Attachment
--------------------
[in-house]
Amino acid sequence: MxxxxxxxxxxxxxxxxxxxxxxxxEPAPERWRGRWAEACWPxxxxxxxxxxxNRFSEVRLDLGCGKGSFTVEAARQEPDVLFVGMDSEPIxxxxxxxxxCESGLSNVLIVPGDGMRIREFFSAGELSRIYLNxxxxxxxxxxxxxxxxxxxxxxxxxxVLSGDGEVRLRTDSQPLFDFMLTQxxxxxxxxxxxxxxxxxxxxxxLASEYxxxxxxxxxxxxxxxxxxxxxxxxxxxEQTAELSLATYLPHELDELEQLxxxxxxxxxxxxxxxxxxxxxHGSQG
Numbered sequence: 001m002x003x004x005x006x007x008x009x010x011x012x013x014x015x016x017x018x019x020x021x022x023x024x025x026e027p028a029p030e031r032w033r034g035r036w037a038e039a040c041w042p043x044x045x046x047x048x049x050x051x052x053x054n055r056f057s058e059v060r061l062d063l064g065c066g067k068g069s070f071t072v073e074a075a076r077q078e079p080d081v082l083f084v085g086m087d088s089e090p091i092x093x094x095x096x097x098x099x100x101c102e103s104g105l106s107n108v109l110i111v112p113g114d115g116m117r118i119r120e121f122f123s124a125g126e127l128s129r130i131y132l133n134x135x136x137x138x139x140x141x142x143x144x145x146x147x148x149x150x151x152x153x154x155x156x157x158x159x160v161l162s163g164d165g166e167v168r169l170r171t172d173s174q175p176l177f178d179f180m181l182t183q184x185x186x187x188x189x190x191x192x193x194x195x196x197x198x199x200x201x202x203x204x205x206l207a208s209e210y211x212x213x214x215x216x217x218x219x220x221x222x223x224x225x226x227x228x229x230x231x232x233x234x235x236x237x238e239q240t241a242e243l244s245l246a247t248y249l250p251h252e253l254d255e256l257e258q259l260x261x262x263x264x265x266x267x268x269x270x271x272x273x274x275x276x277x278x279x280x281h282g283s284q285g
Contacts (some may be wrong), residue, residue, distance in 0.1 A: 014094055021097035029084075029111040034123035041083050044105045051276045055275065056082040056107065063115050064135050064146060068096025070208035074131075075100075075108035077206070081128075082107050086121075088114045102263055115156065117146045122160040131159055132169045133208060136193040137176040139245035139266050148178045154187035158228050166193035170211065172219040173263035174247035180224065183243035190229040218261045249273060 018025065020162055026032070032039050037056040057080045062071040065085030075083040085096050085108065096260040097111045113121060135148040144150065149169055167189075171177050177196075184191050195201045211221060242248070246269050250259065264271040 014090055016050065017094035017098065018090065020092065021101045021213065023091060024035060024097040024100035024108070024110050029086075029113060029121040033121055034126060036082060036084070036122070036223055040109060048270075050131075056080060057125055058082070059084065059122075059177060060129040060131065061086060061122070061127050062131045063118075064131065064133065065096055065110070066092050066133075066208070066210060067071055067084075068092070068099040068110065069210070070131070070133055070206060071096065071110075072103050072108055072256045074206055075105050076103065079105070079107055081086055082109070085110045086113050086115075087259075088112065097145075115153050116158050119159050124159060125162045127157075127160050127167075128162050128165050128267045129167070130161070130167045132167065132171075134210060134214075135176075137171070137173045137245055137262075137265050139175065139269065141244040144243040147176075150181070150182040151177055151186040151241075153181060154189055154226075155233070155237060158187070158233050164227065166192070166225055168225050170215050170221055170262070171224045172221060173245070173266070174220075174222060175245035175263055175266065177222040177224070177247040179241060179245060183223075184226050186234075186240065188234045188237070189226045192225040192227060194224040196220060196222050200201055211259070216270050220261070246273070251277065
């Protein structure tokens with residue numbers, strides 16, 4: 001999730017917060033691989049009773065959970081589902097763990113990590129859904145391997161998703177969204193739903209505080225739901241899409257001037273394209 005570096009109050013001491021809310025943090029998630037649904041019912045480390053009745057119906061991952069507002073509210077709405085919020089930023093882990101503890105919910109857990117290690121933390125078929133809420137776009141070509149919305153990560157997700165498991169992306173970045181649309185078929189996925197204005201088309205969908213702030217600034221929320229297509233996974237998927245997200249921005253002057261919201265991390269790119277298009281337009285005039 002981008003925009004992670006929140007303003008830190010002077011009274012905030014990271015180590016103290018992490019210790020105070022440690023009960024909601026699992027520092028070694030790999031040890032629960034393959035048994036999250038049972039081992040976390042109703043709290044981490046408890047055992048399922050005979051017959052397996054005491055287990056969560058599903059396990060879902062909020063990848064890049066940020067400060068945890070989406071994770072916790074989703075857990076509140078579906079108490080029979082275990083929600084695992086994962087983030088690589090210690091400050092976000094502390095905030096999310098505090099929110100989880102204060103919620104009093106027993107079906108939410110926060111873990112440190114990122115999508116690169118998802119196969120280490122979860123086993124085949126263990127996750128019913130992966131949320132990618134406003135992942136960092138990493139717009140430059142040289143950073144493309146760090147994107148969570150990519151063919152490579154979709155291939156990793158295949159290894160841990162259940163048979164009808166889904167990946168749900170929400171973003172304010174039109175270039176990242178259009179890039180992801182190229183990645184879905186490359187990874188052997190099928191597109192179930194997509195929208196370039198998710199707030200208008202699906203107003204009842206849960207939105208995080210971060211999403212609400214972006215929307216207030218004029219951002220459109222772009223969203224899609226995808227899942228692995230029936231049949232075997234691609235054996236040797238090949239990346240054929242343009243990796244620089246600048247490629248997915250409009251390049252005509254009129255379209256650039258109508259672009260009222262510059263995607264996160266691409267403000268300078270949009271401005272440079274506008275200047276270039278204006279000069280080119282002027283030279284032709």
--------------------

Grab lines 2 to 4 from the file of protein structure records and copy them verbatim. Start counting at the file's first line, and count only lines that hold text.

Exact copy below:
Amino acid sequence: MxxxxxxxxxxxxxxxxxxxxxxxxEPAPERWRGRWAEACWPxxxxxxxxxxxNRFSEVRLDLGCGKGSFTVEAARQEPDVLFVGMDSEPIxxxxxxxxxCESGLSNVLIVPGDGMRIREFFSAGELSRIYLNxxxxxxxxxxxxxxxxxxxxxxxxxxVLSGDGEVRLRTDSQPLFDFMLTQxxxxxxxxxxxxxxxxxxxxxxLASEYxxxxxxxxxxxxxxxxxxxxxxxxxxxEQTAELSLATYLPHELDELEQLxxxxxxxxxxxxxxxxxxxxxHGSQG
Numbered sequence: 001m002x003x004x005x006x007x008x009x010x011x012x013x014x015x016x017x018x019x020x021x022x023x024x025x026e027p028a029p030e031r032w033r034g035r036w037a038e039a040c041w042p043x044x045x046x047x048x049x050x051x052x053x054n055r056f057s058e059v060r061l062d063l064g065c066g067k068g069s070f071t072v073e074a075a076r077q078e079p080d081v082l083f084v085g086m087d088s089e090p091i092x093x094x095x096x097x098x099x100x101c102e103s104g105l106s107n108v109l110i111v112p113g114d115g116m117r118i119r120e121f122f123s124a125g126e127l128s129r130i131y132l133n134x135x136x137x138x139x140x141x142x143x144x145x146x147x148x149x150x151x152x153x154x155x156x157x158x159x160v161l162s163g164d165g166e167v168r169l170r171t172d173s174q175p176l177f178d179f180m181l182t183q184x185x186x187x188x189x190x191x192x193x194x195x196x197x198x199x200x201x202x203x204x205x206l207a208s209e210y211x212x213x214x215x216x217x218x219x220x221x222x223x224x225x226x227x228x229x230x231x232x233x234x235x236x237x238e239q240t241a242e243l244s245l246a247t248y249l250p251h252e253l254d255e256l257e258q259l260x261x262x263x264x265x266x267x268x269x270x271x272x273x274x275x276x277x278x279x280x281h282g283s284q285g
Contacts (some may be wrong), residue, residue, distance in 0.1 A: 014094055021097035029084075029111040034123035041083050044105045051276045055275065056082040056107065063115050064135050064146060068096025070208035074131075075100075075108035077206070081128075082107050086121075088114045102263055115156065117146045122160040131159055132169045133208060136193040137176040139245035139266050148178045154187035158228050166193035170211065172219040173263035174247035180224065183243035190229040218261045249273060 018025065020162055026032070032039050037056040057080045062071040065085030075083040085096050085108065096260040097111045113121060135148040144150065149169055167189075171177050177196075184191050195201045211221060242248070246269050250259065264271040 014090055016050065017094035017098065018090065020092065021101045021213065023091060024035060024097040024100035024108070024110050029086075029113060029121040033121055034126060036082060036084070036122070036223055040109060048270075050131075056080060057125055058082070059084065059122075059177060060129040060131065061086060061122070061127050062131045063118075064131065064133065065096055065110070066092050066133075066208070066210060067071055067084075068092070068099040068110065069210070070131070070133055070206060071096065071110075072103050072108055072256045074206055075105050076103065079105070079107055081086055082109070085110045086113050086115075087259075088112065097145075115153050116158050119159050124159060125162045127157075127160050127167075128162050128165050128267045129167070130161070130167045132167065132171075134210060134214075135176075137171070137173045137245055137262075137265050139175065139269065141244040144243040147176075150181070150182040151177055151186040151241075153181060154189055154226075155233070155237060158187070158233050164227065166192070166225055168225050170215050170221055170262070171224045172221060173245070173266070174220075174222060175245035175263055175266065177222040177224070177247040179241060179245060183223075184226050186234075186240065188234045188237070189226045192225040192227060194224040196220060196222050200201055211259070216270050220261070246273070251277065